One of the mysteries of the English language finally explained.
A colourless fluid containing white blood cells, which bathes the tissues and drains through the lymphatic system into the bloodstream.
- ‘This injection also identifies the lymphatic basins, nodal areas, and respective lymph draining sites that are considered to be at risk for metastases.’
- ‘In contrast to lymph nodes, the thymus contains no lymph sinuses or afferent lymphatic vessels.’
- ‘The lymph drained from the small intestine has an additional function: it carries the fats absorbed from the food.’
- ‘The lymphatic system is a network of very fine vessels or tubes called lymphatics that drain lymph from all over the body.’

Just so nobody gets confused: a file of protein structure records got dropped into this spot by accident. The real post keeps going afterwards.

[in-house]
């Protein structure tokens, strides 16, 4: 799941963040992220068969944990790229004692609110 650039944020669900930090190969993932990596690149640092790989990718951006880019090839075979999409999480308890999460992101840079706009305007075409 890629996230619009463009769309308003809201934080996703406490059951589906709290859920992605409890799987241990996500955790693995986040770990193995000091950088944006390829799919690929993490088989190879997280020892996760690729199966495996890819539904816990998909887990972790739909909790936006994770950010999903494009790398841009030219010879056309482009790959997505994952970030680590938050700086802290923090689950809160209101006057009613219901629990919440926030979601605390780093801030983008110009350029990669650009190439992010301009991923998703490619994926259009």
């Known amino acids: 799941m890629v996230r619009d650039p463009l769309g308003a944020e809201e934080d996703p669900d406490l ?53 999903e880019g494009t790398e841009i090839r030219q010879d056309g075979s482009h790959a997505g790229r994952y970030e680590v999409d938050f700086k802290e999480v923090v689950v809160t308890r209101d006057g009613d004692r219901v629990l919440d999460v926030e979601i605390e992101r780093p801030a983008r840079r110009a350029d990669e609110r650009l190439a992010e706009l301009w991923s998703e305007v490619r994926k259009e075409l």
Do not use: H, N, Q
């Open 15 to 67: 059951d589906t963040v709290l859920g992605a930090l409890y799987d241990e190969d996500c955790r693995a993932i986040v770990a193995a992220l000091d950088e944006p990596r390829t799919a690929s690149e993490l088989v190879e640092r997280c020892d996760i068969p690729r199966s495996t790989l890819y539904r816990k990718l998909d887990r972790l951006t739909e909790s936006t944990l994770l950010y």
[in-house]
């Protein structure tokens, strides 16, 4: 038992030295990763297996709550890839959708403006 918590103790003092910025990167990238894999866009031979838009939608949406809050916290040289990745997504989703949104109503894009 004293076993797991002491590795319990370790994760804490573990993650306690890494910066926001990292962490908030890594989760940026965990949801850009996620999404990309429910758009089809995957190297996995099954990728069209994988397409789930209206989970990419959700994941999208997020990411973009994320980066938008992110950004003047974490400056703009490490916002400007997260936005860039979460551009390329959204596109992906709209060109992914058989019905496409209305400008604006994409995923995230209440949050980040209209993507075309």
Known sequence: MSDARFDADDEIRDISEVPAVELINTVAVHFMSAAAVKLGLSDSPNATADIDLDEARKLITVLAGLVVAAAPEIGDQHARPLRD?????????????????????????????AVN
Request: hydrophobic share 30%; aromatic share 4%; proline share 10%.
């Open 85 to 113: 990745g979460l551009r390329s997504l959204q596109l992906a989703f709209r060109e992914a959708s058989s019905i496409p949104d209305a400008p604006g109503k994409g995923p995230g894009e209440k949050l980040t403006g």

- ‘This includes cell salts, fatty tissue, lymph, red and white blood cells, two glands of the endocrine system and even the bones.’
- 1.1 Fluid exuding from a sore or inflamed tissue.
- ‘Legs become scaly, swollen, and exude lymph fluid.’
- ‘In 1798, the British physician Edward Jenner used a milkmaid's lymph containing cowpox virus to vaccinate a child.’
- ‘He did not know the specific infective agent but was certain that a treatment would soon be available in the form of a ‘vaccine of Pasteur or lymph of Koch.’’
- ‘Even better, the following morning, Hartz quietly escorted [him] into von Bergmann's clinical wards to examine the patients who had received Koch's lymph.’
- ‘No patient died during the period of lymph sampling.’
2literary Pure water.
- ‘I refreshed myself in the mid-day heat by drinking its pure lymph from the hollow of my hand, and gazed with long and insatiable delight upon the memorable fountain.’
Late 16th century (in lymph (sense 2)): from French lymphe or Latin lympha, limpa ‘water’.
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